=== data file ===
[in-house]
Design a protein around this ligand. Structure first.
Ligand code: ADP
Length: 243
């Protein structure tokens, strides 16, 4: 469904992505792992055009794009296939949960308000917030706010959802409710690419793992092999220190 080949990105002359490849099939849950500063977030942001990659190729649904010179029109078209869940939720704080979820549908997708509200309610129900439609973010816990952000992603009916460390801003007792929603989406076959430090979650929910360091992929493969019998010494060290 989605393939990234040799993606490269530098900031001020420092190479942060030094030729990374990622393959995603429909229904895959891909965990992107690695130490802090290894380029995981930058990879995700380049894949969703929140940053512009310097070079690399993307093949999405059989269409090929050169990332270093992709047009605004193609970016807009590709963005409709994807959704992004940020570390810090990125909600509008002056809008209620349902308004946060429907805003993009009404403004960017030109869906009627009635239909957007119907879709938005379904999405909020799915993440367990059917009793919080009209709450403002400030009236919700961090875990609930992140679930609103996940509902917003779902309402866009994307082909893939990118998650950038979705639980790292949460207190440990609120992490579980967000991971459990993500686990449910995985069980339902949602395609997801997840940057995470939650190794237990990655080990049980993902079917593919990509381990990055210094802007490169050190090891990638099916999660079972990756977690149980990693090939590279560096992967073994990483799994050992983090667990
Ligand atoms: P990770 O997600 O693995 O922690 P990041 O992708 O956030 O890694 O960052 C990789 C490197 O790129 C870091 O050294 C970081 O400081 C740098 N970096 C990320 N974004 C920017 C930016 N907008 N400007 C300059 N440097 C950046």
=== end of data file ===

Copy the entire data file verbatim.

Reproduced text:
[in-house]
Design a protein around this ligand. Structure first.
Ligand code: ADP
Length: 243
């Protein structure tokens, strides 16, 4: 469904992505792992055009794009296939949960308000917030706010959802409710690419793992092999220190 080949990105002359490849099939849950500063977030942001990659190729649904010179029109078209869940939720704080979820549908997708509200309610129900439609973010816990952000992603009916460390801003007792929603989406076959430090979650929910360091992929493969019998010494060290 989605393939990234040799993606490269530098900031001020420092190479942060030094030729990374990622393959995603429909229904895959891909965990992107690695130490802090290894380029995981930058990879995700380049894949969703929140940053512009310097070079690399993307093949999405059989269409090929050169990332270093992709047009605004193609970016807009590709963005409709994807959704992004940020570390810090990125909600509008002056809008209620349902308004946060429907805003993009009404403004960017030109869906009627009635239909957007119907879709938005379904999405909020799915993440367990059917009793919080009209709450403002400030009236919700961090875990609930992140679930609103996940509902917003779902309402866009994307082909893939990118998650950038979705639980790292949460207190440990609120992490579980967000991971459990993500686990449910995985069980339902949602395609997801997840940057995470939650190794237990990655080990049980993902079917593919990509381990990055210094802007490169050190090891990638099916999660079972990756977690149980990693090939590279560096992967073994990483799994050992983090667990
Ligand atoms: P990770 O997600 O693995 O922690 P990041 O992708 O956030 O890694 O960052 C990789 C490197 O790129 C870091 O050294 C970081 O400081 C740098 N970096 C990320 N974004 C920017 C930016 N907008 N400007 C300059 N440097 C950046």